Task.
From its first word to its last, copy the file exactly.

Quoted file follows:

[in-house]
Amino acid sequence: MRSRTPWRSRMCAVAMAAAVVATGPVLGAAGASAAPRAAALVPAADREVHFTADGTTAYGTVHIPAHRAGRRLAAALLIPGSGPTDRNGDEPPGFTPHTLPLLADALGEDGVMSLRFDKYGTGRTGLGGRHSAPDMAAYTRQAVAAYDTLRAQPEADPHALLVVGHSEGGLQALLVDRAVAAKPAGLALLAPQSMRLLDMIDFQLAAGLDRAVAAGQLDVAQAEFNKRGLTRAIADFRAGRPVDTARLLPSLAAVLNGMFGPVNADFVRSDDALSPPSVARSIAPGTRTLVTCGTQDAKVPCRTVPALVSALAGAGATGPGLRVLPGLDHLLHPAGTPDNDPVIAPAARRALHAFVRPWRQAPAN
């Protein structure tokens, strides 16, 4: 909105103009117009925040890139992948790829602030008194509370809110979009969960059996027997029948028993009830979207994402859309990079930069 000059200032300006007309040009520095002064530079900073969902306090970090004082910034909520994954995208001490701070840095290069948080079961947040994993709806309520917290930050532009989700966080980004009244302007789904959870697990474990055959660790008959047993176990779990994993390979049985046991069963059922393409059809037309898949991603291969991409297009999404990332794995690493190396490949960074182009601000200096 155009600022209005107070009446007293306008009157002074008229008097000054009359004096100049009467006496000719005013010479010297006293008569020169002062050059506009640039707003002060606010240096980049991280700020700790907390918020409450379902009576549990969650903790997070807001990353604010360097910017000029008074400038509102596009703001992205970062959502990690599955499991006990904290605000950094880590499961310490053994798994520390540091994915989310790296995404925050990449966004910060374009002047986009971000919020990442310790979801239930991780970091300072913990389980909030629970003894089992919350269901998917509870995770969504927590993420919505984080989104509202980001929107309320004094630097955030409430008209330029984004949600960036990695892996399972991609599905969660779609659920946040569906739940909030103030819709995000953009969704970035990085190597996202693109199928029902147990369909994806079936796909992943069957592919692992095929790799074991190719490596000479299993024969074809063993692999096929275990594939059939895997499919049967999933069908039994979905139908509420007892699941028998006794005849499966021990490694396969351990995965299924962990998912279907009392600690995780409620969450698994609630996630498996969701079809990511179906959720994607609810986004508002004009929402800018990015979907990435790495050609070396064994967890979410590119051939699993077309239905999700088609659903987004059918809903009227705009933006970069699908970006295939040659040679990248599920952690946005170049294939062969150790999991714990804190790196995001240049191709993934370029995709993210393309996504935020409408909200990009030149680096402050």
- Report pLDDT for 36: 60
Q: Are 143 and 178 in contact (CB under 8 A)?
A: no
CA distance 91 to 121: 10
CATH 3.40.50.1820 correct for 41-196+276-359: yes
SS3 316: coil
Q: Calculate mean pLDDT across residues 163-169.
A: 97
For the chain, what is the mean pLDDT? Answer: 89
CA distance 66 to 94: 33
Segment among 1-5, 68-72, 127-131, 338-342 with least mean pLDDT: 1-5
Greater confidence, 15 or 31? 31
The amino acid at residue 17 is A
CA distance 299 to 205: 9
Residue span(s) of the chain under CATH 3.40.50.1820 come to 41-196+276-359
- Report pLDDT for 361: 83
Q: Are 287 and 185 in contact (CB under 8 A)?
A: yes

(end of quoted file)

[in-house]
Amino acid sequence: MRSRTPWRSRMCAVAMAAAVVATGPVLGAAGASAAPRAAALVPAADREVHFTADGTTAYGTVHIPAHRAGRRLAAALLIPGSGPTDRNGDEPPGFTPHTLPLLADALGEDGVMSLRFDKYGTGRTGLGGRHSAPDMAAYTRQAVAAYDTLRAQPEADPHALLVVGHSEGGLQALLVDRAVAAKPAGLALLAPQSMRLLDMIDFQLAAGLDRAVAAGQLDVAQAEFNKRGLTRAIADFRAGRPVDTARLLPSLAAVLNGMFGPVNADFVRSDDALSPPSVARSIAPGTRTLVTCGTQDAKVPCRTVPALVSALAGAGATGPGLRVLPGLDHLLHPAGTPDNDPVIAPAARRALHAFVRPWRQAPAN
């Protein structure tokens, strides 16, 4: 909105103009117009925040890139992948790829602030008194509370809110979009969960059996027997029948028993009830979207994402859309990079930069 000059200032300006007309040009520095002064530079900073969902306090970090004082910034909520994954995208001490701070840095290069948080079961947040994993709806309520917290930050532009989700966080980004009244302007789904959870697990474990055959660790008959047993176990779990994993390979049985046991069963059922393409059809037309898949991603291969991409297009999404990332794995690493190396490949960074182009601000200096 155009600022209005107070009446007293306008009157002074008229008097000054009359004096100049009467006496000719005013010479010297006293008569020169002062050059506009640039707003002060606010240096980049991280700020700790907390918020409450379902009576549990969650903790997070807001990353604010360097910017000029008074400038509102596009703001992205970062959502990690599955499991006990904290605000950094880590499961310490053994798994520390540091994915989310790296995404925050990449966004910060374009002047986009971000919020990442310790979801239930991780970091300072913990389980909030629970003894089992919350269901998917509870995770969504927590993420919505984080989104509202980001929107309320004094630097955030409430008209330029984004949600960036990695892996399972991609599905969660779609659920946040569906739940909030103030819709995000953009969704970035990085190597996202693109199928029902147990369909994806079936796909992943069957592919692992095929790799074991190719490596000479299993024969074809063993692999096929275990594939059939895997499919049967999933069908039994979905139908509420007892699941028998006794005849499966021990490694396969351990995965299924962990998912279907009392600690995780409620969450698994609630996630498996969701079809990511179906959720994607609810986004508002004009929402800018990015979907990435790495050609070396064994967890979410590119051939699993077309239905999700088609659903987004059918809903009227705009933006970069699908970006295939040659040679990248599920952690946005170049294939062969150790999991714990804190790196995001240049191709993934370029995709993210393309996504935020409408909200990009030149680096402050």
- Report pLDDT for 36: 60
Q: Are 143 and 178 in contact (CB under 8 A)?
A: no
CA distance 91 to 121: 10
CATH 3.40.50.1820 correct for 41-196+276-359: yes
SS3 316: coil
Q: Calculate mean pLDDT across residues 163-169.
A: 97
For the chain, what is the mean pLDDT? Answer: 89
CA distance 66 to 94: 33
Segment among 1-5, 68-72, 127-131, 338-342 with least mean pLDDT: 1-5
Greater confidence, 15 or 31? 31
The amino acid at residue 17 is A
CA distance 299 to 205: 9
Residue span(s) of the chain under CATH 3.40.50.1820 come to 41-196+276-359
- Report pLDDT for 361: 83
Q: Are 287 and 185 in contact (CB under 8 A)?
A: yes